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Prisoner of war Bergdahl is charged with desertion

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Sgt. Bowe Bergdahl who abandoned his post in Afghanistan and was held by the Taliban for five years, will be court-martialled on charges of desertion and avoiding military service

Sgt. Bowe Bergdahl who abandoned his post in Afghanistan and was held by the Taliban for five years, will be court-martialled on charges of desertion and avoiding military service

AP

Sgt. Bowe Bergdahl who abandoned his post in Afghanistan and was held by the Taliban for five years, will be court-martialled on charges of desertion and avoiding military service

Bowe Bergdahl, the US army sergeant freed from five years of Taliban captivity after a controversial prisoner swap, has been charged with desertion by the American military.

The 28-year-old soldier became America's only prisoner of war after he allegedly wandered out of his base in Afghanistan in 2009 and was captured by Taliban fighters.

He was freed in May last year after US President Barack Obama agreed to release five senior Taliban commanders from Guantánamo Bay - a decision widely criticised by Republicans and many of Sgt Bergdahl's former comrades.

The US Army announced last night that after a months-long review it had decided to charge Sgt Bergdahl with desertion and misbehaviour before the enemy.

He could be sentenced to life in prison if convicted of the most serious count.

Eugene Fidell, Sgt Bergdahl's lawyer, said it was "wildly premature" to say how he would plead.

Sgt Bergdahl was initially welcomed back to the US in May as a hero, with one of Mr Obama's top aides saying the young soldier "served the United States with honour and distinction".

But public opinion quickly hardened as Americans learned of allegations that he had walked away from his unit after growing disillusioned with the war in Afghanistan.

"These people need help, yet what they get is the most conceited country in the world telling them that they are nothing and that they are stupid," he wrote in an email to his parents three days before allegedly deserting.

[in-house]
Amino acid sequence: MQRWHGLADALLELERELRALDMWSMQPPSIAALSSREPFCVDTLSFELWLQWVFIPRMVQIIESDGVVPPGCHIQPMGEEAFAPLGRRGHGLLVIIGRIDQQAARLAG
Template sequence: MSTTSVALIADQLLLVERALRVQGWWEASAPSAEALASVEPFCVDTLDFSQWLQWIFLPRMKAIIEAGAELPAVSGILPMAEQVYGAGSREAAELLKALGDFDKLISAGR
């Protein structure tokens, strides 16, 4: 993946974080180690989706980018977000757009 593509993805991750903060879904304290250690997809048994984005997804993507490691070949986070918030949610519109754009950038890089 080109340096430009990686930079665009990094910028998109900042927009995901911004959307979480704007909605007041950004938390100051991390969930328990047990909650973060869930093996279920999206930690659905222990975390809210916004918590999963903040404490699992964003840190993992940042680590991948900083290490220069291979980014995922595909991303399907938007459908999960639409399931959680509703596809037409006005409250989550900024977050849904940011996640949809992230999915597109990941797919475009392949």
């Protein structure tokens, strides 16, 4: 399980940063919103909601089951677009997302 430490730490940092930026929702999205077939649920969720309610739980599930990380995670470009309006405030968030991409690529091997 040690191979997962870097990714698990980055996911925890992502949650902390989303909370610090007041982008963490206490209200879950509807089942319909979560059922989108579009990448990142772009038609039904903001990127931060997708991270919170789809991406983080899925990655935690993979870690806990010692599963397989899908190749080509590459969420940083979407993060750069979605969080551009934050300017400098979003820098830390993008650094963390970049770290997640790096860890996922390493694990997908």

For five years his parents waged a long campaign to secure his release, pressuring the US government but also appealing directly to the Taliban to free their son. Sgt Bergdahl's father, Bob, learned Pashto so that he could better understand his son's captors. The Taliban taunted the US by releasing videos of Sgt Bergdahl in captivity, sometimes wearing his military uniform and other times appearing frail and with a shaved head.

Some of Bergdahl's former Army comrades came forward and said they believed he deserted his post. Former Army Sergeant Evan Buetow, who served with Bergdahl, said on Wednesday that the former war prisoner had been treated fairly by the Army and needed "to answer for what he did."

Danger

"He put all of our lives in danger," Buetow said. "Men from our company died, when I don't believe they would have if he wouldn't have left."

Republican lawmakers also backed the Army's decision to move ahead with the charges. Senator John McCain, head of the Senate Armed Services Committee and himself a Vietnam War prisoner, said it was an "important step" toward determining Bergdahl's accountability.

Sgt Bergdahl's family has received death threats, and a welcoming party in his hometown in the state of Idaho was cancelled amid safety concerns. (© Daily Telegraph, London)

Irish Independent